Thursday, July 30, 2009

Faith Communities in Support of Health Care for All: A Catholic Perspective

Sixty-four years later, nearly two decades since legislators last seriously considered comprehensive health reform, it is long past time for Congress to act. President Obama ran on a platform of reforming health care. The legislative and political window will be open only briefly. The moment to act is now.

The basic principle of true health care reform is clear, as it was in Truman’s day: Any program that emerges must include universal access to affordable quality care. Bishop William Murphy, chairman of the U.S. bishops’ committee on Domestic Justice and Human Development, had it right this spring when he told the Senate Finance Committee that “the moral measure of any health care reform proposal is whether it offers affordable and accessible health care to all, beginning with those most in need.”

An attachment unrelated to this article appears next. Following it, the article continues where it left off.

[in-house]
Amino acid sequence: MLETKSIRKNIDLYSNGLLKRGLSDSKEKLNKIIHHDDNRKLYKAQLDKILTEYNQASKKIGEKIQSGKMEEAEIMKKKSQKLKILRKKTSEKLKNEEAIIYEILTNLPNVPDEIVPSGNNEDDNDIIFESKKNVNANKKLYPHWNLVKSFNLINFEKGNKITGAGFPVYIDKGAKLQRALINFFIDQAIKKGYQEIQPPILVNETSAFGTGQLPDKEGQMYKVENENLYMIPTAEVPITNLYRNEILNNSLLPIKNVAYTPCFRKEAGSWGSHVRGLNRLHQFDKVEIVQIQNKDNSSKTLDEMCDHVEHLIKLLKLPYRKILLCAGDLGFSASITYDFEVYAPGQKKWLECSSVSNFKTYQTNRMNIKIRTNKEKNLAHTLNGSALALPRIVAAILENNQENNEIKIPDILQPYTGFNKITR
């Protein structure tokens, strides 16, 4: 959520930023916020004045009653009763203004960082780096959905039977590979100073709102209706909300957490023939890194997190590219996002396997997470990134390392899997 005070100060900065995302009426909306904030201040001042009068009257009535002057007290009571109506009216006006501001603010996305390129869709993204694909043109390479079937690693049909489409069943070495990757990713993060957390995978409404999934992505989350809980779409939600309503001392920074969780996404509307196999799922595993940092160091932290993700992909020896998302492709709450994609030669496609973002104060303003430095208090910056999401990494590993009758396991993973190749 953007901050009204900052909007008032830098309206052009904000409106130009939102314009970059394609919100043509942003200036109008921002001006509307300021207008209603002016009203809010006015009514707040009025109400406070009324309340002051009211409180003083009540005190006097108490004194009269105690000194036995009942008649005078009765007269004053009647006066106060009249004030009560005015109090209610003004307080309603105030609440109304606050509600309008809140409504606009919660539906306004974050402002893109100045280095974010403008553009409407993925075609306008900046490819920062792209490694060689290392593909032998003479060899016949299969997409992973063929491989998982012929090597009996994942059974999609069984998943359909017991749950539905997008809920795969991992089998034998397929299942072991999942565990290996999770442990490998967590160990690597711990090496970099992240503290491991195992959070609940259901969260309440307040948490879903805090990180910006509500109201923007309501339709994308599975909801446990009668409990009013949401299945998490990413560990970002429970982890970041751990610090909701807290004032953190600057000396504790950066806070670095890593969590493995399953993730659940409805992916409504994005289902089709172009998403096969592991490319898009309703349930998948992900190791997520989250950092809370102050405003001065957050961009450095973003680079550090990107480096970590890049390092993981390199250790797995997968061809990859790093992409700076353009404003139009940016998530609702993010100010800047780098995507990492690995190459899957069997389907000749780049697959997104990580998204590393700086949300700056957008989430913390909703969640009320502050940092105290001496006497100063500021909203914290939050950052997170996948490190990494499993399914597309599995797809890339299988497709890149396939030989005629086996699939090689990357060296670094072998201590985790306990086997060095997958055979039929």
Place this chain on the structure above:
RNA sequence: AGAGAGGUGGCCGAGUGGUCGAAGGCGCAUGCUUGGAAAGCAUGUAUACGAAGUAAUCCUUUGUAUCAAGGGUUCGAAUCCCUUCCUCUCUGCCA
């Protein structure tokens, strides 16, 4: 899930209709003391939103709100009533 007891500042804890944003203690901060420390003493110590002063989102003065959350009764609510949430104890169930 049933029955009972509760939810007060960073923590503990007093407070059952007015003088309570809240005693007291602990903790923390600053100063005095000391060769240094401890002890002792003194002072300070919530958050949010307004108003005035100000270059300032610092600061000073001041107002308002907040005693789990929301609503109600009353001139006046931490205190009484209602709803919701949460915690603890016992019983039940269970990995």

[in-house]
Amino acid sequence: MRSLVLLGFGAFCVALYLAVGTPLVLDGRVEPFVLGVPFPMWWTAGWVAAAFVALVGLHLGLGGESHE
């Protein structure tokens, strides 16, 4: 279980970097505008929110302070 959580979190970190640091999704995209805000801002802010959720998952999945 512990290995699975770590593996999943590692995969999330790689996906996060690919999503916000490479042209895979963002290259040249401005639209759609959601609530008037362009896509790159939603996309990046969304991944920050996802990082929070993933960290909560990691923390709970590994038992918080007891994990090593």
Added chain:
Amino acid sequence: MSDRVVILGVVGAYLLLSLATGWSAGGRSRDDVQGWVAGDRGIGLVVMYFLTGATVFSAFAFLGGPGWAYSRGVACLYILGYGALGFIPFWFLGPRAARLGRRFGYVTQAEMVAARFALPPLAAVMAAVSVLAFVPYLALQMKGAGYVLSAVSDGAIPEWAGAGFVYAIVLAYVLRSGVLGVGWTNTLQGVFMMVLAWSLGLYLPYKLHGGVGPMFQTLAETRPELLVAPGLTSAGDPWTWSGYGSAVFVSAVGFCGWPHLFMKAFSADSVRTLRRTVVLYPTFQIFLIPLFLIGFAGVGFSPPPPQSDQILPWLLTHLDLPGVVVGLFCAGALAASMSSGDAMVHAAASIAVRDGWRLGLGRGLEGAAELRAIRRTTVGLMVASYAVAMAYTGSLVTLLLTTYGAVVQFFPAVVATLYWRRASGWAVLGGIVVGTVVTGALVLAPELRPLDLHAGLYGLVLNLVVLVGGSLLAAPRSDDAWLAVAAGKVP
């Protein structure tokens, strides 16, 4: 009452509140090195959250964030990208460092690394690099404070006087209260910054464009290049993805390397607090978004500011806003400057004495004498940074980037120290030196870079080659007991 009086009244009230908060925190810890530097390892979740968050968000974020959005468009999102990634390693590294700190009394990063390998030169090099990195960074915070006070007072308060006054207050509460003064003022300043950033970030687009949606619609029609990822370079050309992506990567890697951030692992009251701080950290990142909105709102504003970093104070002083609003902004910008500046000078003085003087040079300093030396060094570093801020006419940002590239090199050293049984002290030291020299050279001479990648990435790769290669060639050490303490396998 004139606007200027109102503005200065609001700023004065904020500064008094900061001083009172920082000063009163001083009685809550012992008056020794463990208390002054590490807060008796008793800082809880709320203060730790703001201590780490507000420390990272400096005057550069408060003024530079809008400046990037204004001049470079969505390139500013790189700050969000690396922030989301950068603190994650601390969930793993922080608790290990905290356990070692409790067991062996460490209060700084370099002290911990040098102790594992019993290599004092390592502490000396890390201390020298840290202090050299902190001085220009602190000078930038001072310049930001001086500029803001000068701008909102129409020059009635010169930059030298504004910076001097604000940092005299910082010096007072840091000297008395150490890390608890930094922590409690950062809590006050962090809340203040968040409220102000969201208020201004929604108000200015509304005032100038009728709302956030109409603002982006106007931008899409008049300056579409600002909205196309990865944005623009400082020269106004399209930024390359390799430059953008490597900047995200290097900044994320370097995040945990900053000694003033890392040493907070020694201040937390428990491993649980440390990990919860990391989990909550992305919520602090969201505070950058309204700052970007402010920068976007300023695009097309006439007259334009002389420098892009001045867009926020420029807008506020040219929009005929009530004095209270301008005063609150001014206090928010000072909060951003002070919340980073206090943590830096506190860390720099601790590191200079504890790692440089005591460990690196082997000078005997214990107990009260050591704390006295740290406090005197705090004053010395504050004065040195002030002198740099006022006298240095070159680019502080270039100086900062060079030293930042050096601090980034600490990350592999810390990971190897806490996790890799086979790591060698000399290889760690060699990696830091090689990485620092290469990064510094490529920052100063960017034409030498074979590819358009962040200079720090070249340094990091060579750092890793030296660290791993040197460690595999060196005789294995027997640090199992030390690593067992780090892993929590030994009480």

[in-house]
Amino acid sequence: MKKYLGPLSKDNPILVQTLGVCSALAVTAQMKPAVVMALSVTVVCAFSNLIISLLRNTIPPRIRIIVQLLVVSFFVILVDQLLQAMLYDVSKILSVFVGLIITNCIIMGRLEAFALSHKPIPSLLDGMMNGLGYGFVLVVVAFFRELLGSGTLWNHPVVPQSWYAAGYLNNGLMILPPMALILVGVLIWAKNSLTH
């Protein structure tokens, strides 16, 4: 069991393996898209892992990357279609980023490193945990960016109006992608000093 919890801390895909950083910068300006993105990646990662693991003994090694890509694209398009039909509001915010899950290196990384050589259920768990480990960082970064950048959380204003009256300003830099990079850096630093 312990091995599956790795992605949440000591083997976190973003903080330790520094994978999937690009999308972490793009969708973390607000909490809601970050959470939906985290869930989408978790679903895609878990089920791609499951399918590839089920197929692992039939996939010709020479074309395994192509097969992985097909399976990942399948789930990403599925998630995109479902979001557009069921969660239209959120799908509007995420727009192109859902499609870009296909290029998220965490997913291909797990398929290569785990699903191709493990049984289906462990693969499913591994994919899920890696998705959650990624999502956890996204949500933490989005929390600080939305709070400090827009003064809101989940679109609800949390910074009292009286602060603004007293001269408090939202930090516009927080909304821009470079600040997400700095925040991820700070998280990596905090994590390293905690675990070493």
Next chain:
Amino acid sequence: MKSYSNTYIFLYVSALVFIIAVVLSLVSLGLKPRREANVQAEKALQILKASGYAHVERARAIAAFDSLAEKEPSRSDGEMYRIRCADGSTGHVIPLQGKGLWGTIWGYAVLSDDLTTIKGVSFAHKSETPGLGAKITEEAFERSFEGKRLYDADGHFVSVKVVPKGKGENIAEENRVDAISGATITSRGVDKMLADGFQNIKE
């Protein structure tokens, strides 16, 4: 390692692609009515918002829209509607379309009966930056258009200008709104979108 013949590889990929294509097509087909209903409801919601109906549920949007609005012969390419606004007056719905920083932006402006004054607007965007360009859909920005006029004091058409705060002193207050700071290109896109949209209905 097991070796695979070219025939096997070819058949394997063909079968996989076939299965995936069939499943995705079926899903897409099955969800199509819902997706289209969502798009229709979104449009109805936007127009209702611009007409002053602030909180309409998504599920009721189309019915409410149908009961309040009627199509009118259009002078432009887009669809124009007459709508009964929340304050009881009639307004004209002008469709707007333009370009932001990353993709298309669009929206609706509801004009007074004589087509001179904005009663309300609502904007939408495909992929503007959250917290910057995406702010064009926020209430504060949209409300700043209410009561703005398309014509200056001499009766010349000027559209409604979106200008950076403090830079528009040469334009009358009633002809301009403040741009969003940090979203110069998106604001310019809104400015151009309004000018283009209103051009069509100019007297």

Anything less, given the moment, will be judged a failure.


The politics of the “public option” are, to say the least, difficult. The forces arrayed against it -- largely private insurance companies -- are powerful. It remains, however, the most effective means under consideration to achieve universal affordable quality care for all Americans.

It is shameful that the wealthiest nation in the world, one that prides itself on its level of material development, is still bickering about what every other developed nation in the world has long since accomplished: making basic health care accessible to all citizens. Our inability as a nation to frame this discussion as the moral discussion it is speaks volumes about how our material development has vastly outpaced our moral development, as a people.